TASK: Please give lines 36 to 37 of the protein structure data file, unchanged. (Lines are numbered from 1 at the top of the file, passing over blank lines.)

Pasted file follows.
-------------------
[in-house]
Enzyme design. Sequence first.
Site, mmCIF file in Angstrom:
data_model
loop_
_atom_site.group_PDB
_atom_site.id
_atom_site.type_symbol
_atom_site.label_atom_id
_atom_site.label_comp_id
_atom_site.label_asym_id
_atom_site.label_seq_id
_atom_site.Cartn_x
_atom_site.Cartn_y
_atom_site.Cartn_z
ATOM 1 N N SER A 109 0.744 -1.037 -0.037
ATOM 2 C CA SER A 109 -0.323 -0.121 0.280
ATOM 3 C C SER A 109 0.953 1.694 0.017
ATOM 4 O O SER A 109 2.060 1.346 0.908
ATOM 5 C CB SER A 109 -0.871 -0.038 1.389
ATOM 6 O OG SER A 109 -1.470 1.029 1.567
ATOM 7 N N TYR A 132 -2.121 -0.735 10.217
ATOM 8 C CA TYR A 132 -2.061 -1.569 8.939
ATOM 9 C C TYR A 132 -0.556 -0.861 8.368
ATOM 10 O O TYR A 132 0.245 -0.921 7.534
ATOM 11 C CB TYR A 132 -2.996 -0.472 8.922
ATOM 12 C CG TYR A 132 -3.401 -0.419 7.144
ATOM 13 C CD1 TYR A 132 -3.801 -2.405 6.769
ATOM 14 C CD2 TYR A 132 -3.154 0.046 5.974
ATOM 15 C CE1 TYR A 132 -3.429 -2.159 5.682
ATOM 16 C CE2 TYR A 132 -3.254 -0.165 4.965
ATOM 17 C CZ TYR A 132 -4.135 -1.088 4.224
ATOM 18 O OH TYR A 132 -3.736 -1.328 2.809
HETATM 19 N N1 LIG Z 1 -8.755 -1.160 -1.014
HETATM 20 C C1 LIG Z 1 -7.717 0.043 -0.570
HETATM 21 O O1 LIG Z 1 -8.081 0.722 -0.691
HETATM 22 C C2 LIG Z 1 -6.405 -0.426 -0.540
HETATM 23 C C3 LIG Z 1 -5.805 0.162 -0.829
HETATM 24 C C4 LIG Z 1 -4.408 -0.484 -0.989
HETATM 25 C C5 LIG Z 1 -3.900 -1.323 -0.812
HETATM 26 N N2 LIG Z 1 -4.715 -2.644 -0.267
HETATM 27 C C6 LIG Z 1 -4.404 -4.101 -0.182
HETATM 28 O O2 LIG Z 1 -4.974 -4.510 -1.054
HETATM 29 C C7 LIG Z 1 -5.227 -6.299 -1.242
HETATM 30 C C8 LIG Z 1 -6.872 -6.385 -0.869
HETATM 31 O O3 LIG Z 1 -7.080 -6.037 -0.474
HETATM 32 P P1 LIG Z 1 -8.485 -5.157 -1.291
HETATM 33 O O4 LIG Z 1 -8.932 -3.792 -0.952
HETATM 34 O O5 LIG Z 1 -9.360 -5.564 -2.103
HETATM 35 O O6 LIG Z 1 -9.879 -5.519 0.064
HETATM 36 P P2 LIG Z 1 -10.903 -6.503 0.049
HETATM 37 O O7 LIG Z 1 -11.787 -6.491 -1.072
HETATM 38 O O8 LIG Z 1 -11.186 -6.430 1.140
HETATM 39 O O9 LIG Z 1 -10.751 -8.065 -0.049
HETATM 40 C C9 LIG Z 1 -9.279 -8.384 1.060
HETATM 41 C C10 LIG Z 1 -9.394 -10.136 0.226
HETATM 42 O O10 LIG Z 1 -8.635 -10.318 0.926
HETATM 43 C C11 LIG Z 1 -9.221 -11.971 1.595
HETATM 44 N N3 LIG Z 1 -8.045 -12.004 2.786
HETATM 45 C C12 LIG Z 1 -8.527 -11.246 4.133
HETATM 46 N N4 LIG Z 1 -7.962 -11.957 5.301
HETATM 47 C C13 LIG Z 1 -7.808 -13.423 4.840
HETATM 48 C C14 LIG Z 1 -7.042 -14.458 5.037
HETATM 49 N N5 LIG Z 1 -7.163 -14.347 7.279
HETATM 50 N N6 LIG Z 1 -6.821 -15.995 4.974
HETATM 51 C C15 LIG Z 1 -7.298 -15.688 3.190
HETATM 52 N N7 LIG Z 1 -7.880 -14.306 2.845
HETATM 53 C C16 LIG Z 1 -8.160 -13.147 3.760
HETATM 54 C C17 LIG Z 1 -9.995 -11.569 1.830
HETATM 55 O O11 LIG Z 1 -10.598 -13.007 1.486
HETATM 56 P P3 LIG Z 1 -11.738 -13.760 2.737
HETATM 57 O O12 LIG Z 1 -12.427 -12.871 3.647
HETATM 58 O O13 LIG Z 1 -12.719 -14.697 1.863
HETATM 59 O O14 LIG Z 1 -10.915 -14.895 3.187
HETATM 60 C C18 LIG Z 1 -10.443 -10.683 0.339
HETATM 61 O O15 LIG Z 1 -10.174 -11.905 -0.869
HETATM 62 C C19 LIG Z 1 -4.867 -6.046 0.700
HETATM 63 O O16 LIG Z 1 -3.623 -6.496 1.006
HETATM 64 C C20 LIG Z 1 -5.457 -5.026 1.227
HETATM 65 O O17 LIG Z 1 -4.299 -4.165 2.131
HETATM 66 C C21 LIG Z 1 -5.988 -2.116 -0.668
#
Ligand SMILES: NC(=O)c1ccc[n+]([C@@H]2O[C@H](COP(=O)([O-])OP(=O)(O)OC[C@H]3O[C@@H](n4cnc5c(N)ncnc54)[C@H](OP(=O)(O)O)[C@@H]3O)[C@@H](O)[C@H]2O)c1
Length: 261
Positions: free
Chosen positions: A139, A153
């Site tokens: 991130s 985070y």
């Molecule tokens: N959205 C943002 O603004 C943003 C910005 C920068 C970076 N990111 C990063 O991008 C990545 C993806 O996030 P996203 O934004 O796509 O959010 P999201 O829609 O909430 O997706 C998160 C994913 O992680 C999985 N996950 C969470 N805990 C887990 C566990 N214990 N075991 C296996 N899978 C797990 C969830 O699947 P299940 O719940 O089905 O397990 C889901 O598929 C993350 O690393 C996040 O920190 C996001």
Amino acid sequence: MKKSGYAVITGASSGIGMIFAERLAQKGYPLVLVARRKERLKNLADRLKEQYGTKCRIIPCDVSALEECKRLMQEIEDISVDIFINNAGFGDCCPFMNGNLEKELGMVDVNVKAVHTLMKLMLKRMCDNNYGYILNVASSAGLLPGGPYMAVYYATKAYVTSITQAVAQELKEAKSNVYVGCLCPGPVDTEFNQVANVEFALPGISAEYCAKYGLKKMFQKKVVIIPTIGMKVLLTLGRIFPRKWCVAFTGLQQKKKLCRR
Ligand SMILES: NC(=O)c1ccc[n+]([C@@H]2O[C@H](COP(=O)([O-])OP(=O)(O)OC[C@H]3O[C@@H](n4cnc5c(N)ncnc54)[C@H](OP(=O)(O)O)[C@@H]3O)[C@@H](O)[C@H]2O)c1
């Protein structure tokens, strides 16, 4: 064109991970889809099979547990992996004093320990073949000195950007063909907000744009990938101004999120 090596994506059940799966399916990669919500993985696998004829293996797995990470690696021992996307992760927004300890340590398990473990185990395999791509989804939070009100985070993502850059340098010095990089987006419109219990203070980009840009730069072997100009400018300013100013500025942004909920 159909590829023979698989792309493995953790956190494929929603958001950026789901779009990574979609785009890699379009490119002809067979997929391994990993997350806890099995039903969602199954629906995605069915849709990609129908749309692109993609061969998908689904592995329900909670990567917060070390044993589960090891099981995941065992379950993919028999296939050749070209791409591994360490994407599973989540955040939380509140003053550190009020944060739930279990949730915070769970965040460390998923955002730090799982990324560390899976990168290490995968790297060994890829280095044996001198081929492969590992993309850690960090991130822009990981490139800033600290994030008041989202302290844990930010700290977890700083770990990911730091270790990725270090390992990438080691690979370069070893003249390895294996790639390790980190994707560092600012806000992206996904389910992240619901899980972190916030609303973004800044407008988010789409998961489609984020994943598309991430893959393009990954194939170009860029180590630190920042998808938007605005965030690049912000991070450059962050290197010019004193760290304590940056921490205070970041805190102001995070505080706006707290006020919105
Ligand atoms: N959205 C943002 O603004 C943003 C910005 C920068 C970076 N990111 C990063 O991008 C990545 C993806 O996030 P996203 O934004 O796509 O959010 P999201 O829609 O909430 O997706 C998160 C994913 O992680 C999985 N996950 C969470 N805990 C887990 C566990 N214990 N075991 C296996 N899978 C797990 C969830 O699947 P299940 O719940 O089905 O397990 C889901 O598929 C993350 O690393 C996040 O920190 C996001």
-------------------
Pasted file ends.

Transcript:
HETATM 21 O O1 LIG Z 1 -8.081 0.722 -0.691
HETATM 22 C C2 LIG Z 1 -6.405 -0.426 -0.540